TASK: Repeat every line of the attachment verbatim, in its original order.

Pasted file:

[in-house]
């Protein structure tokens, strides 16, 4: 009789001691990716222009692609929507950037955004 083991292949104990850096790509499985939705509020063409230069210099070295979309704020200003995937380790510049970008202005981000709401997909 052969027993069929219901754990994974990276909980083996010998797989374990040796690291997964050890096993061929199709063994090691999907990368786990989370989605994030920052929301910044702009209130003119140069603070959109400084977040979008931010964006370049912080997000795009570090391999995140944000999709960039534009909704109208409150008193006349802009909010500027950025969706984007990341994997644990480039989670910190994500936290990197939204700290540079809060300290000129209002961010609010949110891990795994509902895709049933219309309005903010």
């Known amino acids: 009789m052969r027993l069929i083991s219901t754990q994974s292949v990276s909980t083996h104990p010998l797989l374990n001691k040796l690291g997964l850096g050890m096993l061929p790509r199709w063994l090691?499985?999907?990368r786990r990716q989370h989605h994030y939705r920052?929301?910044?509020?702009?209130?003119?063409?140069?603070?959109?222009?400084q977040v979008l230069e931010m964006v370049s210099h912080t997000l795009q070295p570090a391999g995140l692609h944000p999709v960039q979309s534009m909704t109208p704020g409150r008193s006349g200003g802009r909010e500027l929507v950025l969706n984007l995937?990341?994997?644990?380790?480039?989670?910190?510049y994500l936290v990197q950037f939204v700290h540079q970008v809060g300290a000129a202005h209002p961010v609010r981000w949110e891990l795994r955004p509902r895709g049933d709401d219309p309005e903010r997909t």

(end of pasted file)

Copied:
[in-house]
């Protein structure tokens, strides 16, 4: 009789001691990716222009692609929507950037955004 083991292949104990850096790509499985939705509020063409230069210099070295979309704020200003995937380790510049970008202005981000709401997909 052969027993069929219901754990994974990276909980083996010998797989374990040796690291997964050890096993061929199709063994090691999907990368786990989370989605994030920052929301910044702009209130003119140069603070959109400084977040979008931010964006370049912080997000795009570090391999995140944000999709960039534009909704109208409150008193006349802009909010500027950025969706984007990341994997644990480039989670910190994500936290990197939204700290540079809060300290000129209002961010609010949110891990795994509902895709049933219309309005903010």
């Known amino acids: 009789m052969r027993l069929i083991s219901t754990q994974s292949v990276s909980t083996h104990p010998l797989l374990n001691k040796l690291g997964l850096g050890m096993l061929p790509r199709w063994l090691?499985?999907?990368r786990r990716q989370h989605h994030y939705r920052?929301?910044?509020?702009?209130?003119?063409?140069?603070?959109?222009?400084q977040v979008l230069e931010m964006v370049s210099h912080t997000l795009q070295p570090a391999g995140l692609h944000p999709v960039q979309s534009m909704t109208p704020g409150r008193s006349g200003g802009r909010e500027l929507v950025l969706n984007l995937?990341?994997?644990?380790?480039?989670?910190?510049y994500l936290v990197q950037f939204v700290h540079q970008v809060g300290a000129a202005h209002p961010v609010r981000w949110e891990l795994r955004p509902r895709g049933d709401d219309p309005e903010r997909t």